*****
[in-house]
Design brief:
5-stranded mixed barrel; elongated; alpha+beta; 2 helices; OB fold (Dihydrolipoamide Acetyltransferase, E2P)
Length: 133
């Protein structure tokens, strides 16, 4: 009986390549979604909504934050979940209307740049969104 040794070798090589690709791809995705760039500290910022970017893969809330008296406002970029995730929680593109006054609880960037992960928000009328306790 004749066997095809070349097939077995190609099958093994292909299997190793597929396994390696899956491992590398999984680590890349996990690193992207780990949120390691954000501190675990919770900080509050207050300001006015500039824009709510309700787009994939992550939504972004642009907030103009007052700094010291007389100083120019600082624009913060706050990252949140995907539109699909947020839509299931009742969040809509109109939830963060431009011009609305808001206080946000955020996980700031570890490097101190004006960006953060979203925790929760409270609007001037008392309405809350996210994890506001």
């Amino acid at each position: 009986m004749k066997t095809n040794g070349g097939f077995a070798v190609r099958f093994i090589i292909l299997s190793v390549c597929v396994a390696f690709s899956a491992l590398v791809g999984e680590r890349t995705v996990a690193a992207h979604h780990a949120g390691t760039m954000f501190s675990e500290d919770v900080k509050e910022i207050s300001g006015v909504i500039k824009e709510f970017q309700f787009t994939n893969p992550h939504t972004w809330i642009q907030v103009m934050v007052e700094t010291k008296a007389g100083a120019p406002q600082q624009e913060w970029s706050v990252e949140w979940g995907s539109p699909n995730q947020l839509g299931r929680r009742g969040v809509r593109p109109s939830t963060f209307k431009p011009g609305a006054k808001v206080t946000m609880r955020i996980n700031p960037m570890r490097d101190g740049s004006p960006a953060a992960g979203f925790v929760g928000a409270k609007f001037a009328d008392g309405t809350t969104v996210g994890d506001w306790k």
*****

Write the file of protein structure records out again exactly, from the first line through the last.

[in-house]
Design brief:
5-stranded mixed barrel; elongated; alpha+beta; 2 helices; OB fold (Dihydrolipoamide Acetyltransferase, E2P)
Length: 133
């Protein structure tokens, strides 16, 4: 009986390549979604909504934050979940209307740049969104 040794070798090589690709791809995705760039500290910022970017893969809330008296406002970029995730929680593109006054609880960037992960928000009328306790 004749066997095809070349097939077995190609099958093994292909299997190793597929396994390696899956491992590398999984680590890349996990690193992207780990949120390691954000501190675990919770900080509050207050300001006015500039824009709510309700787009994939992550939504972004642009907030103009007052700094010291007389100083120019600082624009913060706050990252949140995907539109699909947020839509299931009742969040809509109109939830963060431009011009609305808001206080946000955020996980700031570890490097101190004006960006953060979203925790929760409270609007001037008392309405809350996210994890506001």
């Amino acid at each position: 009986m004749k066997t095809n040794g070349g097939f077995a070798v190609r099958f093994i090589i292909l299997s190793v390549c597929v396994a390696f690709s899956a491992l590398v791809g999984e680590r890349t995705v996990a690193a992207h979604h780990a949120g390691t760039m954000f501190s675990e500290d919770v900080k509050e910022i207050s300001g006015v909504i500039k824009e709510f970017q309700f787009t994939n893969p992550h939504t972004w809330i642009q907030v103009m934050v007052e700094t010291k008296a007389g100083a120019p406002q600082q624009e913060w970029s706050v990252e949140w979940g995907s539109p699909n995730q947020l839509g299931r929680r009742g969040v809509r593109p109109s939830t963060f209307k431009p011009g609305a006054k808001v206080t946000m609880r955020i996980n700031p960037m570890r490097d101190g740049s004006p960006a953060a992960g979203f925790v929760g928000a409270k609007f001037a009328d008392g309405t809350t969104v996210g994890d506001w306790k």